“Prepare a Book of Remembrance” was counsel I was given as a young woman. My Book of Remembrance was actually already begun, but I had no grasp of its significance.

Book of Remembrance

Beginnings of My Book of Remembrance

I grew up being familiar with a “Book of Remembrance”, an expandable legal size binder full of pedigree charts and family group sheets, which my parents kept. This was kind of a requirement for faithful members of the Church of Jesus Christ of Latter-day Saints.The earliest beginnings of my own Book of Remembrance was when my father gathered us kids at the kitchen table, showed us his Book of Remembrance and gave us blank charts to hand copy information on to. I also remember him telling us stories about the people whose names we wrote and showing us a few old photographs. I remember at least one time going to the local Family History Library with him and looking at microfilm. It was exciting to see our family name projected onto the screen, but it was all still rather abstract.

I took a genealogy class at the L.D.S. Institute of Religion when I was attending college. I don’t recall doing any real research, but I did keep the collection of articles, papers and forms I received for that class.

After graduating and getting a job in Salt Lake County, Utah, I went with my roommates one night a week to the Genealogy Library, which was then in the Church Office Building. I recall row after row of Books of Remembrance (in the same kind of binder my parents had) filled with sheets that had been submitted by church members. For over two years, I went week after week and made Xerox copies of family group sheets. For each generation of each line I found the listed parents on one sheet, then found the next sheet listing them as a child until I reached the end of that line. I never did find the point of dead end on all of my lines, but I had collected a large stack of family groups sheets. I found this process easier than the hand copying I had done as a child, even though it involved taking the sheets out of the binder to copy and then replacing them.

Shortly after I was married and moved further away from the library, I decided on another project. My parents’ Book of Remembrance also contained some stories of ancestors. Some were typed on legal size sheets and some were handwritten. I set out to type up all of the handwritten stories. I also made copies of the typed ones for my own Book of Remembrance. Later I collected more written stories from family members and from the Daughters of Utah Pioneers.

Some time later, after having children and my life revolving around this next generation for several years, I felt the pull to continue to work on my family history. Now I could go to the local Family History Library and using a computer I could pull up my family line on Ancestral File. Then I could download a Gedcom file onto a floppy disk, take it home and put it into my computer in my Personal Ancestral File database (PAF). It was amazing to me that in a matter of minutes I could gather as much information as it had taken me over two years to photocopy.

Genealogical Research and Writing

Several years later I began some serious genealogical research. I began making regular trips to the Family History Library in Salt Lake City. I spent hours pouring through books and looking at original records on microfilm. I could now access Ancestral File on the Internet, which became known as FamilySearch. Gradually actual records started becoming available online, which was much easier than looking at microfilm.

Through about a decade of serious research on my Eggleston line, I was able to discover more family members and gather information about them. I could easily add data to FamilySearch, but after gathering a considerable amount of interesting information and documents about many people, I realized the need to share this with others in a meaningful and tangible way. I also recognized the need to get it into an organized form as my organizational skills are not as good as my research skills. I had folders and binders with copies of records, but they were not easily shared. So I began writing a book. I organized it into family groups, generation by generation, and wrote in narrative form as much as possible.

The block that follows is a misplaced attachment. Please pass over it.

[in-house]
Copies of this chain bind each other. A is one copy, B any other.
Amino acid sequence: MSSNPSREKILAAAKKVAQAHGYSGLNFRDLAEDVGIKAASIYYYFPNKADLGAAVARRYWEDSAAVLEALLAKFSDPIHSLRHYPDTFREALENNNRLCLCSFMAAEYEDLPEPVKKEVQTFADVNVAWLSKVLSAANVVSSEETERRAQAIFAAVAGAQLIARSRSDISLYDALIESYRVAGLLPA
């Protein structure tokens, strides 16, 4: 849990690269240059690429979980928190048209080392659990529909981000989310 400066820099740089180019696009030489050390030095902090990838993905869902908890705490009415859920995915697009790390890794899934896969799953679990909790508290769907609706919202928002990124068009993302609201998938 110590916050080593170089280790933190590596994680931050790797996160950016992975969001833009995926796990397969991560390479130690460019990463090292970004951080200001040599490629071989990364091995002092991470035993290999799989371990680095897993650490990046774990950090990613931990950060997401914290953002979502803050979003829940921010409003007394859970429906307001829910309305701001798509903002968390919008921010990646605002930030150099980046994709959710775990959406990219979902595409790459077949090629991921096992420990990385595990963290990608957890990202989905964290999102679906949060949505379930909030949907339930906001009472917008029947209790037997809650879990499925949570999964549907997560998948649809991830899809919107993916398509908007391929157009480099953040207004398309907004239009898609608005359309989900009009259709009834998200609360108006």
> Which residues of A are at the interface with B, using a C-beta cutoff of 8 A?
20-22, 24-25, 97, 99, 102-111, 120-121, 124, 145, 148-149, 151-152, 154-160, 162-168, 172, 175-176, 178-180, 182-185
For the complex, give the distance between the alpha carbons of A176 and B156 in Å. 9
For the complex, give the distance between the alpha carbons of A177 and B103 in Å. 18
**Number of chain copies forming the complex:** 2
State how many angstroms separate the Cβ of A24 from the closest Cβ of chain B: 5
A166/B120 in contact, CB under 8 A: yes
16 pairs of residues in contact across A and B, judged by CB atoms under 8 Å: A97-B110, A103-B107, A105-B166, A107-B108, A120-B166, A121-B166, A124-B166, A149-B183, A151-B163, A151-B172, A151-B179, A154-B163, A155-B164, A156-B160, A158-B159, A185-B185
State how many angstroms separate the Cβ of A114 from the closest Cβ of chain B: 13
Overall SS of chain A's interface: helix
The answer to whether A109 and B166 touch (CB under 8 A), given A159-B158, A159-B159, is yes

This writing process took many years, as I continued to do research at the same time. I also took a few detours and compiled a book of biographies and histories of my grandmother’s family, the Cheney and Wilson line in 2003. And I wrote an article explaining how I sorted out the various Joseph Egglestons which was published in The Connecticut Nutmegger in June 2005.

Writings of Karen Eggleston Stark

Finally in 2010, I buckled down and did final editing and indexing and printed The Joseph Eggleston Family. I remembered the counsel to “prepare a book of remembrance” and realized that this is what I had accomplished – A REAL BOOK of Remembrance.

A few years have now passed and of course I have made some new discoveries and found some things which need correcting in the Eggleston book. The idea of revising or writing an addendum to my book seems daunting, especially with the realization that as soon as I could get that accomplished, there would be more to add.

Remembering in the Digital Age

Things have changed in cyberspace as well. FamilySearch morphed into NewFamilySearch for a while. I was able to be a beta tester during the development of NewFamilySearch and used that opportunity to make corrections and add what I had found on our line. Then things changed again and with the new Family Tree on FamilySearch comes the ability to attach sources and add photographs, documents, and stories. Family Tree is becoming a shared Book of Remembrance where various family members can add what they have.

I have more than just photographs and documents to attach to a database. I also have stories of discovery – my personal experiences as I have learned about my family. These are worth remembering and sharing as well and hopefully can inspire others to join in this process. So now I begin using a new format – a blog – to share these stories along with details I have learned about ancestors and the information and photographs documenting their lives. There is flexibility here to display, share, and explain with some creativity. This can become an online digital family archive.

Through all these years of “preparing” a Book of Remembrance in all of it’s pieces and forms, the purpose has remained constant – To Remember. To remember our ancestors – to come to know those who came before us and to honor their memory. To remember the forgotten – to search for each individual family member and make sure they are connected to the whole family tree. To remember our roots – from which we gain a sense of identity and an understanding of our place in this eternal family.